One of the world's most coveted currency notes, the Swiss franc, includes a feature that runs at odds with its reputation as a safe store of value: It has an expiration date--and for some notes, that is fast approaching.
Up to one billion francs's worth of 1970s-era bank notes are nearing their cutoff date, when they will unceremoniously make the switch from reserve currency to antique wallpaper as their value is wiped out unless the Swiss government intervenes.
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Switzerland is unique among rich countries because its bank notes--from the 10-franc bill all the way to the mighty 1,000-franc bill ($1,025)--lose all of their value 20 years after they are replaced by new ones. The series from the 1970s was replaced in 2000, so their value vanishes in 2020. Franc coins are always usable.
That two-decade buffer gives people plenty of time to prepare, but the very notion of an expiring currency contradicts the Alpine country's reputation for financial safety and security that has driven the franc's value higher in recent decades.
The government and central bank want the law to change. If it doesn't, then franc notes introduced starting in 1976 will meet this fate in a couple of years. They were withdrawn from circulation to make way for a new series of bank notes that had fresh designs, colors and sizes. That is when the 20-year clock started ticking for people to take them to the Swiss National Bank for new ones.
So starting May 2020, people won't be able to exchange the roughly one billion francs's worth of 70s-era notes that are still out there. They will become worthless relics, the same thing that happened to bills going back to 1907.
It is tough to pinpoint exactly where the one billion in old francs is. Some notes likely vanished naturally, accidentally discarded or lost. Some could be with tourists or workers who left Switzerland with cash and never returned. In recent years, around 30 million to 40 million francs's worth of notes have been exchanged annually. There were still 1.1 billion francs of the 1970s-series notes in 2016.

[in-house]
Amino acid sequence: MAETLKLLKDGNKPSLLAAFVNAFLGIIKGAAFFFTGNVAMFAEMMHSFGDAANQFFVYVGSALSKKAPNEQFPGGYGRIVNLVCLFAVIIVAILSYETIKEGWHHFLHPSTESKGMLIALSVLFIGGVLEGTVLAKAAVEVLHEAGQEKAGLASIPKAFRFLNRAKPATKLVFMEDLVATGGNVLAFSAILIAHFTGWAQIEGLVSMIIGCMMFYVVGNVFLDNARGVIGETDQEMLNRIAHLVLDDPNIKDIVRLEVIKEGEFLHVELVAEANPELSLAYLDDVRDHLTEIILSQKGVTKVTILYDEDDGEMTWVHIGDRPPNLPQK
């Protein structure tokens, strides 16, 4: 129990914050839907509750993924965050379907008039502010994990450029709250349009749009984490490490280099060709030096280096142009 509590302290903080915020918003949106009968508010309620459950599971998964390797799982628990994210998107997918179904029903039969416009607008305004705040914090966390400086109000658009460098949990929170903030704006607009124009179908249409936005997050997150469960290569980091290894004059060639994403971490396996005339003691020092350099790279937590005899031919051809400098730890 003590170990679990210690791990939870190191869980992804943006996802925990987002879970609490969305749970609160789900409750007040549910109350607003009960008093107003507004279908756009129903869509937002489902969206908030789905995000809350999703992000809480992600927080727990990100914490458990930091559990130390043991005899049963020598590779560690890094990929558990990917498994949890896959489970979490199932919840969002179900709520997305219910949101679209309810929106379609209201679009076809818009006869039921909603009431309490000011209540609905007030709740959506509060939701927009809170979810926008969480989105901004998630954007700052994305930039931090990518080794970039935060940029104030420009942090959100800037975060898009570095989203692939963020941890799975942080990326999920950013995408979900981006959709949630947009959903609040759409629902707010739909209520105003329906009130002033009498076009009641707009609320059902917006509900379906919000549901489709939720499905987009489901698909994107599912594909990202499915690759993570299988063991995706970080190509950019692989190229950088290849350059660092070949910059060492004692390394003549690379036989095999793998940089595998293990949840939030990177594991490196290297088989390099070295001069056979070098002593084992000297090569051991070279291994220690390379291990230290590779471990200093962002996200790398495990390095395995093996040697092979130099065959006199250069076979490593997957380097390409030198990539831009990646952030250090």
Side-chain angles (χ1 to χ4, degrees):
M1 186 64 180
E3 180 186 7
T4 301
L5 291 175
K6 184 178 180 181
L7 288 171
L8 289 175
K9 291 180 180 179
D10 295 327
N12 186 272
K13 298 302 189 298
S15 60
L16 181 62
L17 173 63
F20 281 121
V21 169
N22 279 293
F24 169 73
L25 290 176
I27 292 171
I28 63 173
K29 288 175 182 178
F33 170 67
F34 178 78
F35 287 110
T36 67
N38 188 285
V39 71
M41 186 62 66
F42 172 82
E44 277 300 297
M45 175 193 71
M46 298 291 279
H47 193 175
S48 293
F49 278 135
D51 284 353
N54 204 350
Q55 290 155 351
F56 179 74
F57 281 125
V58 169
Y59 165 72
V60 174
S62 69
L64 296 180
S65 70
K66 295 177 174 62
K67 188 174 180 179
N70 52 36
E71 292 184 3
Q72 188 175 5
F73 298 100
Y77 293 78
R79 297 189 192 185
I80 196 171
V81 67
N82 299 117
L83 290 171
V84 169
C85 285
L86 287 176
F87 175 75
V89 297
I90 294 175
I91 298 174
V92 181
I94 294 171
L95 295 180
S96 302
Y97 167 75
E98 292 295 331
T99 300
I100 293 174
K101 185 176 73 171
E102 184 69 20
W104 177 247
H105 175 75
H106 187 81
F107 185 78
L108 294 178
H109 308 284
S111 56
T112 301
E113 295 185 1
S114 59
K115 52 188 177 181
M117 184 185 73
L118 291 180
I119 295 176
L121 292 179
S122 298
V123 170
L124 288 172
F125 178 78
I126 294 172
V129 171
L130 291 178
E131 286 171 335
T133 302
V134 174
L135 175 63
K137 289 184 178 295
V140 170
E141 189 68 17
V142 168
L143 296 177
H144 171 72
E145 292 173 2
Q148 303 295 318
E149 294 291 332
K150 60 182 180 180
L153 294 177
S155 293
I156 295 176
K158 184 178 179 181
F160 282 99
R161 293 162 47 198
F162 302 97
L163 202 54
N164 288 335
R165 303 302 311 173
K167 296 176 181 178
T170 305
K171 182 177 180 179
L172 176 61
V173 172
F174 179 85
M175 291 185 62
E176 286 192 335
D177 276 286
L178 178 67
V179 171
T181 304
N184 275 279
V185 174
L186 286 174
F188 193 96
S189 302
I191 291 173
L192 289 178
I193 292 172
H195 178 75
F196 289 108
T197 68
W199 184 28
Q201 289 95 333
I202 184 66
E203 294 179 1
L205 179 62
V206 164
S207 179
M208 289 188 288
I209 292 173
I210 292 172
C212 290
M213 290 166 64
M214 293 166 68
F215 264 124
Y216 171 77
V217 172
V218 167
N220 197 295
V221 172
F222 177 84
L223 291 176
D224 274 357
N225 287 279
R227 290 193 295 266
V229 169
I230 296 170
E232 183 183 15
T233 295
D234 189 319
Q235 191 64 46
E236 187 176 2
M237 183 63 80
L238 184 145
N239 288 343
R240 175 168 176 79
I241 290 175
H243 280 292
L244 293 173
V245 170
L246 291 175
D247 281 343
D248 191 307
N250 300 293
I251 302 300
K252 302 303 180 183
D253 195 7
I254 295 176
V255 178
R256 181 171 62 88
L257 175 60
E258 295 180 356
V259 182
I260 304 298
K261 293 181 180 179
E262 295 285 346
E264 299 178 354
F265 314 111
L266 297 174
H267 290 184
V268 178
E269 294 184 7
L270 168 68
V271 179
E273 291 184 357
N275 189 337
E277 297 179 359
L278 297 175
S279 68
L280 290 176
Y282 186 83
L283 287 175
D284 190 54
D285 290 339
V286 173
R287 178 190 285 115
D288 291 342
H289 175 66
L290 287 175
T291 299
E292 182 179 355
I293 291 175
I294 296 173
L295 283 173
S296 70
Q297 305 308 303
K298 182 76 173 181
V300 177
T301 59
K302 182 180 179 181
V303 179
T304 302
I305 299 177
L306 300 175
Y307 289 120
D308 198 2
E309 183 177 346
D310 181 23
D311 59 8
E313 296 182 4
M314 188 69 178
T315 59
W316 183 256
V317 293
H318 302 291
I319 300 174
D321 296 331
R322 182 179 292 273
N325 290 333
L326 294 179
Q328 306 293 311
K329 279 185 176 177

The central bank doesn't get to pocket the unclaimed money and the Swiss have found an innovative use for it. Under a century-old law, the SNB transfers the equivalent amount worth of obsolete bank notes to a Swiss fund that insures against natural disasters like avalanches. It recently made money available to farmers and wine growers hit by an April freeze.
There were 244 million francs of 1950s-era notes that were withdrawn from circulation in 1980 and lost all their value in 2000. The SNB transferred that amount to the insurance fund. The amount of worthless francs from earlier last century was much smaller.
The Swiss federal council launched a legislative process in August to cancel the expiration of franc bills, so that people will always be able to exchange the 1970s-era notes and subsequent ones. It wouldn't apply to earlier notes. The consultative period lasts until mid-November, then the legislation will move to parliamentary committees.
"The purpose is to avoid that people find themselves with bank notes that have no value," the federal council said in August.
"Switzerland would adapt to the practices of other industrialized countries," that don't have a fixed exchange period, it said.
In the U.S., currency is legal tender no matter when it was issued. The same holds for euros. Though the European Central Bank will stop issuing 500-euro ($593) notes in 2018, they will always keep their value. Germans can still exchange old deutsche marks for euros at the Bundesbank. British pound notes always hold their value, and while the round, GBP1 coins lost their legal status this week, they can still be deposited at many commercial banks.
Despite their limited shelf life, Swiss francs are highly coveted, particularly the 1,000 franc note that is one of the highest denomination pieces of money in the world. The value of Swiss notes in circulation has increased more than 60% since the start of 2010 to 76.5 billion francs, despite the rise of electronic payments and digital currencies.
Of that, 47.3 billion francs are in thousand-franc notes, up more than 70% from 2010.
One drawback of the Swiss plan is that it might make large franc notes even more desirable as a permanent store of value in an era of negative interest rates or to hide money from tax authorities. That could lead to upward pressure on the already strong franc.
"People would purchase even more 1,000 franc notes and keep them in their kitty," if the time limit is lifted, said Jean-Daniel Gerber, president of SGG, which promotes social cohesion in Switzerland, who recently wrote an opinion piece on the debate over old francs.
"The Swiss franc may rise even more and we think it's already overvalued, " he said. And without SNB money, the disaster insurance fund might have to find other revenue sources if there is a natural calamity.
There isn't a breakdown of how much of the 70s-era bank notes are in the big 1,000 franc bills, which are known as "ants" because of the three ants and anthill design on the back. "Paying with an ant" was what the Swiss called using the old 1,000 franc notes.
Unless the law changes, those ants face extinction.
Write to Brian Blackstone at firstname.lastname@example.org
(END) Dow Jones Newswires
October 20, 2017 10:03 ET (14:03 GMT)